Day 30 – Q 2.What are the challenges in implementing a state sponsored healthcare scheme having universal coverage? Analyse.
2. What are the challenges in implementing a state sponsored healthcare scheme having universal coverage? Analyse.
सार्वभौमिक कवरेज वाली राज्य प्रायोजित स्वास्थ्य योजना को लागू करने में क्या चुनौतियाँ हैं? विश्लेषण करें।
The ultimate goal of Universal Health Coverage (UHC) is to ensure that everyone, everywhere, should have access to essential healthcare services without facing financial hardship.
India’s commitment towards achieving UHC is reflected in policies and institutional mechanism, which are directed towards increasing coverage and access to health services. India has taken many steps to achieve UHC such as Ayushman Bharat, but still many challenges exist such as,
- Funds: Cost of Providing UHC is far greater than government estimates. India’s public health expenditure is amongst the lowest in the world, India currently spends a little over 1% of GDP on health. Considering public and private expenditure on health, the feasibility of UHC seems to be concerning in tandem with the current economic reality of India.
- State Cooperation: Health is a state subject. State cooperation is a must for UHC. With states and UTs like West Bengal and Delhi keeping themselves out of Ayushman Bharat Scheme, creates a challenge for UHC.
- Infrastructure: Lack of adequate infrastructure is a concern which includes proper hospital infrastructure, number of beds and diagnostic centres.
- Professionals and Staff: In India, the doctor-population ratio stands at just 0.62:1000 as against the WHO recommended a ratio of 1:1000. Moreover, there is lack of sufficient capacity of well-trained Nurses and other supporting staff to fulfil the high demands. Denial of qualified doctors and skilled medical personnel to serve in rural areas is also a challenge which creates a rural-urban divide in the health sector.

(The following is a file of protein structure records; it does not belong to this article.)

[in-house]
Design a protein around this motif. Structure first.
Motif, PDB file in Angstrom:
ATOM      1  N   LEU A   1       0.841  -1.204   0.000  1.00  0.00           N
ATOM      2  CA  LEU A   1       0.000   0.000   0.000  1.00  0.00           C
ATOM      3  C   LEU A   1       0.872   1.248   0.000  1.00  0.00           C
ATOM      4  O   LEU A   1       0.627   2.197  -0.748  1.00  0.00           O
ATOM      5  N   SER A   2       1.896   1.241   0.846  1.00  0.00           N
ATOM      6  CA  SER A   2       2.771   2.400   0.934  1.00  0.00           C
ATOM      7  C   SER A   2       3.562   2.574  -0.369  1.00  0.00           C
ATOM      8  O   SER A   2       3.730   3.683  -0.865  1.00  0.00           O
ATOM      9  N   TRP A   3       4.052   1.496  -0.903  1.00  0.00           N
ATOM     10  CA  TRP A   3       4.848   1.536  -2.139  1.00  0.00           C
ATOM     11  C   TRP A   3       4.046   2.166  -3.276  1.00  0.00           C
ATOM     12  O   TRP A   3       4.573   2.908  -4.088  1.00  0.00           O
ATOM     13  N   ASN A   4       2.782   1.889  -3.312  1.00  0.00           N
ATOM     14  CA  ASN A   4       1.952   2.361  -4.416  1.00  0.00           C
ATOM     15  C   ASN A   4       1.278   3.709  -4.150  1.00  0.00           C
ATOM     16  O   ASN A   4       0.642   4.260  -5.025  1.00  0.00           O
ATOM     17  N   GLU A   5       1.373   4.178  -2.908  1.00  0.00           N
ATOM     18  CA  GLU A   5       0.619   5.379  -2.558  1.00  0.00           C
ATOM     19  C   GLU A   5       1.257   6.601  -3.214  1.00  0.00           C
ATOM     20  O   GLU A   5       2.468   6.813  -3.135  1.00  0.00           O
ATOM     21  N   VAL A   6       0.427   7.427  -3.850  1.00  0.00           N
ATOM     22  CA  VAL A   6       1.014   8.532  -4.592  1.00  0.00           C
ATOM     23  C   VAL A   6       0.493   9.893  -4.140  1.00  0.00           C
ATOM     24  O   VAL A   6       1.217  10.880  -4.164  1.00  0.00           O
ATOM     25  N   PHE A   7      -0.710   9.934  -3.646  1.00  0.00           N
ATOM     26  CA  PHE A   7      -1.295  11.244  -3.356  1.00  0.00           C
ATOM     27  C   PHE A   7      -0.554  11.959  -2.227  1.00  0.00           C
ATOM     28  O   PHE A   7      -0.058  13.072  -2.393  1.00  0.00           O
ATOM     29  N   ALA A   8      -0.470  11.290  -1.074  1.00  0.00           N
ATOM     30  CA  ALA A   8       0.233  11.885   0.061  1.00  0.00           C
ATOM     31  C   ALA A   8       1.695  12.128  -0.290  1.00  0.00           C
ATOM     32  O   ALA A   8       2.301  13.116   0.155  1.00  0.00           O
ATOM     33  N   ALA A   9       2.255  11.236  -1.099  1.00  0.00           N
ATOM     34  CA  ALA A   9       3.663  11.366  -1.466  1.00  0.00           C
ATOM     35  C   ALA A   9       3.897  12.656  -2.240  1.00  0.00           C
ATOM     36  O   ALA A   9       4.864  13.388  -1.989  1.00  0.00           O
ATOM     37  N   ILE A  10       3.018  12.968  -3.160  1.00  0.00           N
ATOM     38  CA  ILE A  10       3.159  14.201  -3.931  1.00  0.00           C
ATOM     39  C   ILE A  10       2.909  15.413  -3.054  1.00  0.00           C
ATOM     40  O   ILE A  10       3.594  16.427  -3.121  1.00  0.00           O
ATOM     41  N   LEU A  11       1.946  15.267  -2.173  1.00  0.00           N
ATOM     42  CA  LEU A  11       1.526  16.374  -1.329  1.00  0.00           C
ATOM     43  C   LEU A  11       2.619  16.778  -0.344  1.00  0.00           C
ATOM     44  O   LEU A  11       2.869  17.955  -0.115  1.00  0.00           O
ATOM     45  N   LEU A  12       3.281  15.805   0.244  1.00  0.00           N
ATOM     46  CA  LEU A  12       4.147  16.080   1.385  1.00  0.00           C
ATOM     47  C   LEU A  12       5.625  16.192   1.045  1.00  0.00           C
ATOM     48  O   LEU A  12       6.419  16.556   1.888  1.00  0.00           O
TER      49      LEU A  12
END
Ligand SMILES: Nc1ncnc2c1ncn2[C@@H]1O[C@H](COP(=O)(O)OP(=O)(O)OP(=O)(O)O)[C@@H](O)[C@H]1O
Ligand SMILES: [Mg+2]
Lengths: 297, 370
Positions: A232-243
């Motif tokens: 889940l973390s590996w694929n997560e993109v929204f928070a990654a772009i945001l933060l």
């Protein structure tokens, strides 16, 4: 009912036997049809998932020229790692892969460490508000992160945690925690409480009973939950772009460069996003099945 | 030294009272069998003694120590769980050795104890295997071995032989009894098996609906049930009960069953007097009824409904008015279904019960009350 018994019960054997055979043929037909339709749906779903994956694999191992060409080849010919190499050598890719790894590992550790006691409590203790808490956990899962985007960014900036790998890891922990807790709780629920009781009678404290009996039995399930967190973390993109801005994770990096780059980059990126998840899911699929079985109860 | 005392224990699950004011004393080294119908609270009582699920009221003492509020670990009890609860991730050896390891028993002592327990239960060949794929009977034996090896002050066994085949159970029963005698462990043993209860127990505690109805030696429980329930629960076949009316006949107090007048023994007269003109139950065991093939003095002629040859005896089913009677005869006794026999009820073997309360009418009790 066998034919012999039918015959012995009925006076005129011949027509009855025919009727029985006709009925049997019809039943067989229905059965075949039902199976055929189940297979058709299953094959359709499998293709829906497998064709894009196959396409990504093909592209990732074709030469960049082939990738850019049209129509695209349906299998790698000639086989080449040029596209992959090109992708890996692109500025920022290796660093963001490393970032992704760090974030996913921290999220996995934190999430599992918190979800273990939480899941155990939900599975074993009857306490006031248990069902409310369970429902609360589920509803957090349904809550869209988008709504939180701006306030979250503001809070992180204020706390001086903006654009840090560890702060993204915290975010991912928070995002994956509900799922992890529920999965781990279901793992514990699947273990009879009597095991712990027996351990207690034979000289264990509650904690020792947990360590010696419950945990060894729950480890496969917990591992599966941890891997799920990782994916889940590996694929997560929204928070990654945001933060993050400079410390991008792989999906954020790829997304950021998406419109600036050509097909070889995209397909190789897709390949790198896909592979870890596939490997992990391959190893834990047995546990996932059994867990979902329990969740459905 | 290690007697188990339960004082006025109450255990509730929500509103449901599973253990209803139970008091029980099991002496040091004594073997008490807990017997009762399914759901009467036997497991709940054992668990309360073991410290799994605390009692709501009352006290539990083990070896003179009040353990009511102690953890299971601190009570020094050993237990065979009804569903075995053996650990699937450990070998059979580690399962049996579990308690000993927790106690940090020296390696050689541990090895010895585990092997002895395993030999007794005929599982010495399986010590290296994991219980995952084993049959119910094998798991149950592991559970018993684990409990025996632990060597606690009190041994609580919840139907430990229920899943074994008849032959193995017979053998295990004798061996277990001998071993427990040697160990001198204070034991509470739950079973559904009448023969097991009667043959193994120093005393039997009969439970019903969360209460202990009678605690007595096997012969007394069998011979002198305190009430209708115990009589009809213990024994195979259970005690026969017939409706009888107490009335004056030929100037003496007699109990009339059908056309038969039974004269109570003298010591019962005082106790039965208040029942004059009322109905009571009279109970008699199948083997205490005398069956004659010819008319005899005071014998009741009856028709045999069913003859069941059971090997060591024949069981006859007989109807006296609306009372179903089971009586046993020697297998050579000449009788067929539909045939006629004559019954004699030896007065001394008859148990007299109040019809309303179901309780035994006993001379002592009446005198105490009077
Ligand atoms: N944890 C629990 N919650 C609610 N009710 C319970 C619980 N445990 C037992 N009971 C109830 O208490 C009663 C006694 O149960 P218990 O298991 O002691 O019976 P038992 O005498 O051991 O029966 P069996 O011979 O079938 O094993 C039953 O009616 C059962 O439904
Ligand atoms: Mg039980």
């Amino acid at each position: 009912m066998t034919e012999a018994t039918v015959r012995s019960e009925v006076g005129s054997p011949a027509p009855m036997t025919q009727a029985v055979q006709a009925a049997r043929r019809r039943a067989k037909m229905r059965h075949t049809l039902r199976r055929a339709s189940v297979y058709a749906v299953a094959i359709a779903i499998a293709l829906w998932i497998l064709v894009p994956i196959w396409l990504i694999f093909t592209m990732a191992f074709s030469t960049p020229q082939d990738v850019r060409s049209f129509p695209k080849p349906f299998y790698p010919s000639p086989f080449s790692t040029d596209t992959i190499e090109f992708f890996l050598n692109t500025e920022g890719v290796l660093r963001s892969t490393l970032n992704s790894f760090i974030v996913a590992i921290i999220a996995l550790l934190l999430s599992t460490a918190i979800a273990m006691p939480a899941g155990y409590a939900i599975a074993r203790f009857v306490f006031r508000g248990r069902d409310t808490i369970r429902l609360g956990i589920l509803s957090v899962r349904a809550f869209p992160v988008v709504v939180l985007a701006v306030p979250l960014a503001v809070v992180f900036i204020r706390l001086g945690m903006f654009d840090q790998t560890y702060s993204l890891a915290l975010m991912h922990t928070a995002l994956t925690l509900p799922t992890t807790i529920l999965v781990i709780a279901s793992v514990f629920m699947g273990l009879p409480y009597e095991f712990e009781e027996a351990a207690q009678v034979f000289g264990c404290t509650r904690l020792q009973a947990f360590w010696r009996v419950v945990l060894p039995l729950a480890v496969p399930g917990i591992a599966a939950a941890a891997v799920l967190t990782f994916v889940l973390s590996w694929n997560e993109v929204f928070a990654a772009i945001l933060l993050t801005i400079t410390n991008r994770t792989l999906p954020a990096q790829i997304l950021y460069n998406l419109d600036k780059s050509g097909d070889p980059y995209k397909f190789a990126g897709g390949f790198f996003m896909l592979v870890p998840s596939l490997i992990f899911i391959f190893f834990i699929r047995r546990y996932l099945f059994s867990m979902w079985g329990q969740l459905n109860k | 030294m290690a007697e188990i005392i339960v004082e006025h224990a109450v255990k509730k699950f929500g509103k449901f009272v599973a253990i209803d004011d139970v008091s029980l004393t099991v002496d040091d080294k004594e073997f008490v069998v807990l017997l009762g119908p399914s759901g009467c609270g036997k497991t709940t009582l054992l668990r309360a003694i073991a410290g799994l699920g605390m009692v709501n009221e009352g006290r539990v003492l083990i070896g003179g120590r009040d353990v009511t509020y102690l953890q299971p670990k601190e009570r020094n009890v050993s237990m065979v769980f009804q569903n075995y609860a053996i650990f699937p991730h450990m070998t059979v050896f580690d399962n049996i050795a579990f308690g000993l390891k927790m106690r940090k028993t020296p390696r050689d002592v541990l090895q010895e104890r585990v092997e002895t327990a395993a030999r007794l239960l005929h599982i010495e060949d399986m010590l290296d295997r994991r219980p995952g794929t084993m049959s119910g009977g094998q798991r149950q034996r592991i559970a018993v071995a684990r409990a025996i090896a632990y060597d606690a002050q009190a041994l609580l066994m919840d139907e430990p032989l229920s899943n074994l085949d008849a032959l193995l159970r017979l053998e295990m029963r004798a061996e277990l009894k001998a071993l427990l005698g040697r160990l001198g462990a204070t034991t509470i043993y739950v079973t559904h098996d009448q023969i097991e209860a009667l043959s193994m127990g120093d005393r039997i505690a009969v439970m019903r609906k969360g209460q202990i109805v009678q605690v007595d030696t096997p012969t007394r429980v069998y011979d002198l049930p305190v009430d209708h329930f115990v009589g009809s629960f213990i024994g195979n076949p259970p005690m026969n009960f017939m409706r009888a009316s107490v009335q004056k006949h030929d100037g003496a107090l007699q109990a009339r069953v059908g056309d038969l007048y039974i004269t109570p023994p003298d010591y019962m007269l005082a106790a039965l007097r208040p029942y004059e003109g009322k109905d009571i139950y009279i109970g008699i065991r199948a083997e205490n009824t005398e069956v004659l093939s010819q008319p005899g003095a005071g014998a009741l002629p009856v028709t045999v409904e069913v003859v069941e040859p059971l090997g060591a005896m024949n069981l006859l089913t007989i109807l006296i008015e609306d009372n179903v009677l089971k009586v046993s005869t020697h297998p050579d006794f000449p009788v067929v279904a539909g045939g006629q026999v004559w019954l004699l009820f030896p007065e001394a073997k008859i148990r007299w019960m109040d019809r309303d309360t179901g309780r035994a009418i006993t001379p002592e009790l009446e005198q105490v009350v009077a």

- Participation of Insurance companies: There are concerns about fair play and efficiency. Government insurance companies do not perform effectively and private insurance companies do not provide holistic coverage of diseases. Indian health insurance covers only hospitalization costs and other expenditures like clinical visits, diagnostics and medication are not covered.
- Changing pattern of Diseases: There is an epidemiological transition from communicable towards non-communicable diseases such as hypertension, diabetes and mental illnesses.
- Private participation: Currently almost 70 per cent of our healthcare needs are met by the private sector. Feasibility of empanelling private healthcare in UHC is a major task to be done as private sector feel that the prices fixed by the government are far below market rate and it would be unsustainable to operate at such costs while providing high-quality outcomes.
- Awareness and Behavior: Most of the time people are not aware of government initiatives and schemes. Moreover, people take symptoms for granted and does not consult the doctor at the earliest and prefer taking medicine from the medical shop without prescription. Illiteracy plays a major role in it.
- Resistance Development: People are rapidly developing Multi-Drug Resistance in cases of Tuberculosis.
- Strengthen both rural and urban public health infrastructure, human resource capacity and service delivery at all the three levels i.e. primary, secondary and tertiary.
- Strengthen regulatory framework such as IRDA for insurance companies.
- Raise the percentage of GDP allocated to health from 1.2% today to 2.5% by 2022.
- Inform people and spread awareness about government initiatives in the health sector.
- Incentivize medical personnel to work in rural areas.
- Private hospitals participation is a must for UHC.
India cannot realize its demographic dividend without its citizens being healthy. UHC is expected to reduce social inequities and is also must for achieving the 17 UN Sustainable Development Goals (SDG’s) by 2030.